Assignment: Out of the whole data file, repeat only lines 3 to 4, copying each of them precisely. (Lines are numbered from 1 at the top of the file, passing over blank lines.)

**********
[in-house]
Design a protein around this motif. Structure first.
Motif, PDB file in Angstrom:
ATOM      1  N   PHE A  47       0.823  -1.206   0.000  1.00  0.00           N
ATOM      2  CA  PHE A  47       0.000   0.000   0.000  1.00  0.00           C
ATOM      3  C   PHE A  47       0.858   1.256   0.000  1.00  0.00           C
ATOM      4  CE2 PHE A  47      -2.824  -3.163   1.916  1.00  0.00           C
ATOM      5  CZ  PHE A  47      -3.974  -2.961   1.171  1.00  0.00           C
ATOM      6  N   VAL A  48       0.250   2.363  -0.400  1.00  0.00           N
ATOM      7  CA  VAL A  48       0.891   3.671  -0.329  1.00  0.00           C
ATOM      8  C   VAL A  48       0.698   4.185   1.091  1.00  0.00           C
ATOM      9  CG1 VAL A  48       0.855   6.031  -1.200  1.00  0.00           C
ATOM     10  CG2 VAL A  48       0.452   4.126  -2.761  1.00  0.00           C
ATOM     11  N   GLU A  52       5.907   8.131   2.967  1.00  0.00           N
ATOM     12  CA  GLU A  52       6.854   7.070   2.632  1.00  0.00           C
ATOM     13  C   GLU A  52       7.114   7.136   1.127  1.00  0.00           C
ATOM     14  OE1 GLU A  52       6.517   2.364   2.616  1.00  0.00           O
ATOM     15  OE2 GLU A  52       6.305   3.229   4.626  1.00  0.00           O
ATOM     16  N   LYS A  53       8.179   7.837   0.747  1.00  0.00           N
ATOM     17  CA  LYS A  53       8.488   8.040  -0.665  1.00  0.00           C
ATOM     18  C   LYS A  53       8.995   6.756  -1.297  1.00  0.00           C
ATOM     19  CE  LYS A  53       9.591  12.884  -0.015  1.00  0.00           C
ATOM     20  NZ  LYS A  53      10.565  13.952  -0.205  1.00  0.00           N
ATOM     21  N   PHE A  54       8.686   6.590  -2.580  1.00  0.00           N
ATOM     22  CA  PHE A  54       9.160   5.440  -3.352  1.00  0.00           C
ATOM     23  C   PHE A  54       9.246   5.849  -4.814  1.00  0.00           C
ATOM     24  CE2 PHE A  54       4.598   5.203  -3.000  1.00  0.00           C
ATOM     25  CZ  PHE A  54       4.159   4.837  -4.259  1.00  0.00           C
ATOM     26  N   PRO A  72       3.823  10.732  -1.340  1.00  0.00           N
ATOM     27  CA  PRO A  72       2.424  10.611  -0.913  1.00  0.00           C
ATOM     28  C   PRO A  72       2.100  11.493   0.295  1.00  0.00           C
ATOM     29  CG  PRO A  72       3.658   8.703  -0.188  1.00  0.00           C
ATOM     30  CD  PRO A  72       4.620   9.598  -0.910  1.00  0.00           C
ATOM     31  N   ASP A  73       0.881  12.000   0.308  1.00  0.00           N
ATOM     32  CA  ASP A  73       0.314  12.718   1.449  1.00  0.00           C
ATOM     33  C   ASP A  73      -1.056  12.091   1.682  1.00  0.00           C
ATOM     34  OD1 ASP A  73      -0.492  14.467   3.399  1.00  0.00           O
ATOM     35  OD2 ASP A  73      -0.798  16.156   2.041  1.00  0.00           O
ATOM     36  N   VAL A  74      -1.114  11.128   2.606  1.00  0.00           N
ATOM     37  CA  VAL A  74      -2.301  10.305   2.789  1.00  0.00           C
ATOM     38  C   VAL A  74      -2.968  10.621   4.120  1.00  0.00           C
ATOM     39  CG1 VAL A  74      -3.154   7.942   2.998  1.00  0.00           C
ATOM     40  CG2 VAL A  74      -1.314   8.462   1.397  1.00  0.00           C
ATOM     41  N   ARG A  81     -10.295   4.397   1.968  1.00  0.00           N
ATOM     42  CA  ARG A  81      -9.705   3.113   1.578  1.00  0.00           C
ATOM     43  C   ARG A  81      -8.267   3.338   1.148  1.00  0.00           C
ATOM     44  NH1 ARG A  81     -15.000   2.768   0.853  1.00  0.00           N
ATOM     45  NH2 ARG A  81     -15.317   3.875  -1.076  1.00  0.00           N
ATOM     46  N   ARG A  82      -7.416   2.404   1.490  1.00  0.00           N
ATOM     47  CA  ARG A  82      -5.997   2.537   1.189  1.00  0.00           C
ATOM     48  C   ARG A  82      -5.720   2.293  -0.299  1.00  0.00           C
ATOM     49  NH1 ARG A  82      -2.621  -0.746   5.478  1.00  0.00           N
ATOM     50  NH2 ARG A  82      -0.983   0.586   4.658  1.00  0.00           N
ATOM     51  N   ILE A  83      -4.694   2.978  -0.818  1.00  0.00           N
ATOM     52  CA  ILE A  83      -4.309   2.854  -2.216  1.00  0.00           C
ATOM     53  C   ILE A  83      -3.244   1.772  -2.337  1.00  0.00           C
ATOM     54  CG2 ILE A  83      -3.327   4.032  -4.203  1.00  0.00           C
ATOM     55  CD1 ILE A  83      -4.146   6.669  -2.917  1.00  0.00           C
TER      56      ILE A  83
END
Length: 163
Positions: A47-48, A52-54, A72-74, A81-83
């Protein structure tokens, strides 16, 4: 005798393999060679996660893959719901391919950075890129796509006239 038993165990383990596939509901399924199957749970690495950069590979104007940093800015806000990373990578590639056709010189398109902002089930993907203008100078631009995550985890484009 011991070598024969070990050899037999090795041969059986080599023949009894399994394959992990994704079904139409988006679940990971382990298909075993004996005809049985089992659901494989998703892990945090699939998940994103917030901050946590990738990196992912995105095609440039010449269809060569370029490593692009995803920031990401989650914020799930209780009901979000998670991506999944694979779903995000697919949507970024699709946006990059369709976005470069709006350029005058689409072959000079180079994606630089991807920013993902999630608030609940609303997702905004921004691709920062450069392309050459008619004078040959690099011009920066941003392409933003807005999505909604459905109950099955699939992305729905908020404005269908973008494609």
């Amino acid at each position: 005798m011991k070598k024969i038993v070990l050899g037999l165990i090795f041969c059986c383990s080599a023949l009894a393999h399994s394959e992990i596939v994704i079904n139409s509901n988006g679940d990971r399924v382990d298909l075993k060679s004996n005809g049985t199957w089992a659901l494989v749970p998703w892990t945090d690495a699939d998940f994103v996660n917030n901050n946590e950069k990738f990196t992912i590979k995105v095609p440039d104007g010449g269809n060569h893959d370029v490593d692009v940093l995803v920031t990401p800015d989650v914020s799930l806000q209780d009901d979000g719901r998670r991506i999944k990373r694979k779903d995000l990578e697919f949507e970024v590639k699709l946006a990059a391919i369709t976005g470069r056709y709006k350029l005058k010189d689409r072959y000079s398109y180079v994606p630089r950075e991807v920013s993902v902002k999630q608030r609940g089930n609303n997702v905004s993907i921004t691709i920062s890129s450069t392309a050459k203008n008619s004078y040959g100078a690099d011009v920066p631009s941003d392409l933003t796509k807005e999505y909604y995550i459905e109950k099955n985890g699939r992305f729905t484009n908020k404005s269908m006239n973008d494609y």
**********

Motif, PDB file in Angstrom:
ATOM      1  N   PHE A  47       0.823  -1.206   0.000  1.00  0.00           N